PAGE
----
So I never did an #introduction but I probably should, so...
Seriously. The entire plot of THE THING can be resolved by isolating the Thing and being like:
"Hi. We are human beings. We find it culturally insensitive when you forcibly co-opt our flesh to survive, and will respond aggressively if you do. Please don't initiate this conflict. If you require living flesh to live, we are happy to provide you with non-human samples. We are also happy to provide other material assistance as required. Looking forward to a productive partnership. Thx, humans."
So yeah tl;dr the wildest thing about THE THING is that The Thing... doesn't actually really do anything wrong, per se?
Like it's an alien and its method of survival is confronting to us as humans, but it doesn't seem to behave maliciously. (And multiple scenes show the opposite?)
Instead, basically all the conflict in the film is because the human characters MASSIVELY OVERREACT... *and* no-one ever considers just, like. Talking? To the Thing (since it's obviously sentient)?
(I mean not entirely because it makes its whole shtick *almost* a criticism of Silicon Valley-style capitalism except, phew! The Big Bad is actually aliens and, phew! Also MUSLIMS!!!!!!! So it ends up having this kind of wishy-washy choose-your-own-adventure political stance. But. It aa-aa-aa-aa-almost gets there, probably more than any other superhero film in recent memory.)
Which is also, incidentally, why I think VENOM is suck an odd duck of a film. Because it manages to sit in the middle of a su-uu-uu-uu-uu-uper conservative/right-wing genre (i.e. superhero media), yet because it skips/condenses/etc. so much of its own comics lore in order to shove itself into its running time, it ends up... ki-ii-ii-ii-ii-inda almost ends up on the subversive end of the horror spectrum.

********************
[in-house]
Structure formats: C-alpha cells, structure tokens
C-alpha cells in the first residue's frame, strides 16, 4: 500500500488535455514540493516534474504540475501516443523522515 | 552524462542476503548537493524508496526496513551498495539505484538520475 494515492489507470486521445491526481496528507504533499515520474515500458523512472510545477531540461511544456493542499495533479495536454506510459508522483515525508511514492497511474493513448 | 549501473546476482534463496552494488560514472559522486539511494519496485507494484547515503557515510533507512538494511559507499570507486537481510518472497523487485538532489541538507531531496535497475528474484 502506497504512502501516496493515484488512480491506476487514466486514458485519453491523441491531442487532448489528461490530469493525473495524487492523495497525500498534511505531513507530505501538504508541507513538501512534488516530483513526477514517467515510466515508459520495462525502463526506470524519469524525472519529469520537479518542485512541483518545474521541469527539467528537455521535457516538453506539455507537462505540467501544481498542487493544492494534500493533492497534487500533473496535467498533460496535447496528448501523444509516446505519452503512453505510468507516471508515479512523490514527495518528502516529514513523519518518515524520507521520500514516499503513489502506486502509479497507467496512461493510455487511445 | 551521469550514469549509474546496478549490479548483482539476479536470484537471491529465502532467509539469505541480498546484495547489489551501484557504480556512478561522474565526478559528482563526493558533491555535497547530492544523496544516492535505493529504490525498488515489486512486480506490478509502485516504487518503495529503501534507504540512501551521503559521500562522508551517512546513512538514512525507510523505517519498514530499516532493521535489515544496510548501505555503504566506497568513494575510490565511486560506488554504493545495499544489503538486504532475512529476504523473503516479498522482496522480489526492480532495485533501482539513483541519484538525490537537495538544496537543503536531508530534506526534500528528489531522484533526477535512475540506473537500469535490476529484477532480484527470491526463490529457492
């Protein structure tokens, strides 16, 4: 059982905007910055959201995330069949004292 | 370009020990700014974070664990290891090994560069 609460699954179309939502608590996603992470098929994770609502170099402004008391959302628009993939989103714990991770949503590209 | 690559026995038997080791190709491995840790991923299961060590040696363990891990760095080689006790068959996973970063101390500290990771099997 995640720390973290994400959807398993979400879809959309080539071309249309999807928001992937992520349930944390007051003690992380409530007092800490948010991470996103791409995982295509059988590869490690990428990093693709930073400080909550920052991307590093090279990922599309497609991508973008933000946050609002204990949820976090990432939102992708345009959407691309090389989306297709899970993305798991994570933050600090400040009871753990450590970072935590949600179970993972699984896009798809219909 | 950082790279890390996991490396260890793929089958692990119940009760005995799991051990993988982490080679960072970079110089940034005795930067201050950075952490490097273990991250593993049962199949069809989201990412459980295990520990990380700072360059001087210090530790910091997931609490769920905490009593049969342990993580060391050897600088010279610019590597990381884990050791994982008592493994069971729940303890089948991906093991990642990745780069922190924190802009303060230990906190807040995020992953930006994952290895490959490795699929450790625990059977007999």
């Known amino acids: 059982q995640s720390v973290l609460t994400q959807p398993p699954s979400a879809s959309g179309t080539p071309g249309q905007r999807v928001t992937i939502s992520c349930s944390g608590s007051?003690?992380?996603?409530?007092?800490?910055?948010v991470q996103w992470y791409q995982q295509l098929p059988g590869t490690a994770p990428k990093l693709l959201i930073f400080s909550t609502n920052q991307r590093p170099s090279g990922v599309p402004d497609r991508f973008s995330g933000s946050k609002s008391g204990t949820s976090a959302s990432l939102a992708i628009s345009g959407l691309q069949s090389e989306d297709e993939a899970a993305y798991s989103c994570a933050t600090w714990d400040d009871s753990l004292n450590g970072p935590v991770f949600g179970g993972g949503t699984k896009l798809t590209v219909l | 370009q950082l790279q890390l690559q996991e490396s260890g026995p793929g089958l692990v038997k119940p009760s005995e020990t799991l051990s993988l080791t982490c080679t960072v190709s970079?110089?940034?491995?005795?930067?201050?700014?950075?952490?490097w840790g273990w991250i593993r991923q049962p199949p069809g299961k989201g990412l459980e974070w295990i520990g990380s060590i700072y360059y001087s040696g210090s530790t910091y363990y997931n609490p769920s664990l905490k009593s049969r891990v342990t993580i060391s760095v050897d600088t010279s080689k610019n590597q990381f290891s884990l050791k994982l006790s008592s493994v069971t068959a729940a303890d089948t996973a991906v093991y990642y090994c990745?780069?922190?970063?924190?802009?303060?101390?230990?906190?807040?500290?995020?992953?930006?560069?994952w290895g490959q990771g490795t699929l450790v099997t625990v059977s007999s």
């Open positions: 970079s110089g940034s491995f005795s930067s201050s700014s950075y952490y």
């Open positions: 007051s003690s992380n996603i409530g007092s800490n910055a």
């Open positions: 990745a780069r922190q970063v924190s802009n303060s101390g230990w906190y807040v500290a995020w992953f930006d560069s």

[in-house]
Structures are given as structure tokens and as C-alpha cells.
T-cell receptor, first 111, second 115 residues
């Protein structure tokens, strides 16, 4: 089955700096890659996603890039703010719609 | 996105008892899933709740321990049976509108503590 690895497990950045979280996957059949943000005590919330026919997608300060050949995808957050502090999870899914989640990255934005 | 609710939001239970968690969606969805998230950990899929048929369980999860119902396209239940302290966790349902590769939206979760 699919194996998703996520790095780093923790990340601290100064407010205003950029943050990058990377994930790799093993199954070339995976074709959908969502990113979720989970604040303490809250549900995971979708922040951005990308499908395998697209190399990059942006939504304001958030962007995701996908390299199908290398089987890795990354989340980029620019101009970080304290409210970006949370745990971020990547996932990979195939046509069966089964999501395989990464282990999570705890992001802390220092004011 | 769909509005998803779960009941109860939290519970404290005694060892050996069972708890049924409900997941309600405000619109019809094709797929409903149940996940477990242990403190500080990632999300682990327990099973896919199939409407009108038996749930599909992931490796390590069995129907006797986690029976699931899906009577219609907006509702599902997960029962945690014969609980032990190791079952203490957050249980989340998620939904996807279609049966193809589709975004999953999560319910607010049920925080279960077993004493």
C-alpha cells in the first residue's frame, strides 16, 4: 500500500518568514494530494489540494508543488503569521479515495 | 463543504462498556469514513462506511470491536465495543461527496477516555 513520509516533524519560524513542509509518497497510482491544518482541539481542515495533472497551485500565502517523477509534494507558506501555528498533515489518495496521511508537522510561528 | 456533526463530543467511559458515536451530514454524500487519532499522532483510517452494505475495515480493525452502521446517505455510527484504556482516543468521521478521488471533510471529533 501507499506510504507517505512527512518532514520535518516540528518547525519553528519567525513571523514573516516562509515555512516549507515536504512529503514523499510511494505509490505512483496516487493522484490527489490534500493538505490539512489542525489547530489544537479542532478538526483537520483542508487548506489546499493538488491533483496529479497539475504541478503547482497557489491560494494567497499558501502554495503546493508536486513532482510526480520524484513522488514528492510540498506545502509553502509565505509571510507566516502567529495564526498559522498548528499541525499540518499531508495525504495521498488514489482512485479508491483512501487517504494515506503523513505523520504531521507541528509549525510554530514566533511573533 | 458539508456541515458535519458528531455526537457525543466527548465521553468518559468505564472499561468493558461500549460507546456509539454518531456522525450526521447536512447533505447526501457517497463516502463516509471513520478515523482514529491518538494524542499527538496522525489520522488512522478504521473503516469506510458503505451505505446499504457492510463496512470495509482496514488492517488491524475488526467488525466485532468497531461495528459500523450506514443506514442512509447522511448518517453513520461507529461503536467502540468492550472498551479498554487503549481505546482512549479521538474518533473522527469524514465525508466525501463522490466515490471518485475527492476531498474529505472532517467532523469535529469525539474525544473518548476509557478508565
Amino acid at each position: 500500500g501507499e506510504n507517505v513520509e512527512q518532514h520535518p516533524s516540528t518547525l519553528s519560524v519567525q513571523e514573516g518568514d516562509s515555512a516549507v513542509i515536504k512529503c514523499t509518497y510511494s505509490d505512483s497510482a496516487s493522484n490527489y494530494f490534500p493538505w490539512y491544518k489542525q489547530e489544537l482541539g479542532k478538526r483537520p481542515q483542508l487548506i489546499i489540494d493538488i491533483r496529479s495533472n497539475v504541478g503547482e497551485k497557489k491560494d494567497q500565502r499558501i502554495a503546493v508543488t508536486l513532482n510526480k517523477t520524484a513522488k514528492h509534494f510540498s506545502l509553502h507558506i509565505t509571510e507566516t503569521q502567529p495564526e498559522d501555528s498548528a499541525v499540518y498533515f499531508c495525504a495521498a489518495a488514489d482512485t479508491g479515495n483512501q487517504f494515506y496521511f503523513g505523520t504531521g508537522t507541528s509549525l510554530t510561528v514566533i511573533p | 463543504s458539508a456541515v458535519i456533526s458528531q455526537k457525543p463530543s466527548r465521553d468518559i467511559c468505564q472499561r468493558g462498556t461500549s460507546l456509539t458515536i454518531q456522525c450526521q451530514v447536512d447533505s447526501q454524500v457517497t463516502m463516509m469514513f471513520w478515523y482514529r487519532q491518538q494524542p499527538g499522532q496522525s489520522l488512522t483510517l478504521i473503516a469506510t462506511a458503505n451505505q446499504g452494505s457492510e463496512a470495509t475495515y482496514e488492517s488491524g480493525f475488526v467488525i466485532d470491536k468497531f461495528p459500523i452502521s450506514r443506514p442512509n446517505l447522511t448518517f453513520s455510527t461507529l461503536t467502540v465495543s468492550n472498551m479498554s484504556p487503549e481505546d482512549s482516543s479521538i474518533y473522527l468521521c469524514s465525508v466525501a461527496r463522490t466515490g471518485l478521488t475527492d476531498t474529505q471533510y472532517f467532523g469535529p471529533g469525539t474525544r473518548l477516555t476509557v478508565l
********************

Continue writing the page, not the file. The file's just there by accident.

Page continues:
On the flip side is the horror of people like Clive Barker, where "normative" space is itself shown as constricting and in-and-of-itself violent, and transgressing it is both horror and liberation.
See also Jordan Peele, and films like JENNIFER'S BODY or TEETH. (All of which, along with Barker's work, at all not coincidentally made by/for/about marginalized peoples.)
TBF I don't think that's... entirely true. But I do think horror has kind of two polar opposite ends, each of which map to different ends of the political spectrum.
The horror of works like THE THING in primarily conservative, i.e. the "invader" coming in to a "normative" space to disrupt it, and that needs to be violently overthrown.
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